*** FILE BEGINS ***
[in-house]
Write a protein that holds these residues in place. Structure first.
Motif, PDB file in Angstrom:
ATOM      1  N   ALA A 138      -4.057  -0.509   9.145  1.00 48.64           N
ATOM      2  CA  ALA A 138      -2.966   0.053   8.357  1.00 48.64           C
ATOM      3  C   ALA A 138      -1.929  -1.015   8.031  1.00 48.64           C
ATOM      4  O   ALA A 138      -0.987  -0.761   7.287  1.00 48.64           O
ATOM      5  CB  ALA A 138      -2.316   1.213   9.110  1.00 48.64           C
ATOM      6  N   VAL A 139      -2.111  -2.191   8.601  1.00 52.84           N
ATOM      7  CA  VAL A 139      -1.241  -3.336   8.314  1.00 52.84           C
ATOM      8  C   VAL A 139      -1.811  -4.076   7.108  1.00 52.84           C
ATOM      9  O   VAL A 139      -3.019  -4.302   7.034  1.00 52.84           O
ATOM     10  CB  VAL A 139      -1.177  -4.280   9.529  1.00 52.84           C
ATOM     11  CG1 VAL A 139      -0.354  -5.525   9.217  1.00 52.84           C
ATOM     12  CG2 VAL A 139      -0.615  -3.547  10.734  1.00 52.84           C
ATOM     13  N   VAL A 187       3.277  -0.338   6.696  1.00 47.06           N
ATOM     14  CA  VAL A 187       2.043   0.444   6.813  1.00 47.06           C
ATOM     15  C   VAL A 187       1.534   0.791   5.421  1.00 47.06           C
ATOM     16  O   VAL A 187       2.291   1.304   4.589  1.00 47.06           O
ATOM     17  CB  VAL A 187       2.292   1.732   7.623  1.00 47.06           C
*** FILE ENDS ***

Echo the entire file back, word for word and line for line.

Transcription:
[in-house]
Write a protein that holds these residues in place. Structure first.
Motif, PDB file in Angstrom:
ATOM      1  N   ALA A 138      -4.057  -0.509   9.145  1.00 48.64           N
ATOM      2  CA  ALA A 138      -2.966   0.053   8.357  1.00 48.64           C
ATOM      3  C   ALA A 138      -1.929  -1.015   8.031  1.00 48.64           C
ATOM      4  O   ALA A 138      -0.987  -0.761   7.287  1.00 48.64           O
ATOM      5  CB  ALA A 138      -2.316   1.213   9.110  1.00 48.64           C
ATOM      6  N   VAL A 139      -2.111  -2.191   8.601  1.00 52.84           N
ATOM      7  CA  VAL A 139      -1.241  -3.336   8.314  1.00 52.84           C
ATOM      8  C   VAL A 139      -1.811  -4.076   7.108  1.00 52.84           C
ATOM      9  O   VAL A 139      -3.019  -4.302   7.034  1.00 52.84           O
ATOM     10  CB  VAL A 139      -1.177  -4.280   9.529  1.00 52.84           C
ATOM     11  CG1 VAL A 139      -0.354  -5.525   9.217  1.00 52.84           C
ATOM     12  CG2 VAL A 139      -0.615  -3.547  10.734  1.00 52.84           C
ATOM     13  N   VAL A 187       3.277  -0.338   6.696  1.00 47.06           N
ATOM     14  CA  VAL A 187       2.043   0.444   6.813  1.00 47.06           C
ATOM     15  C   VAL A 187       1.534   0.791   5.421  1.00 47.06           C
ATOM     16  O   VAL A 187       2.291   1.304   4.589  1.00 47.06           O
ATOM     17  CB  VAL A 187       2.292   1.732   7.623  1.00 47.06           C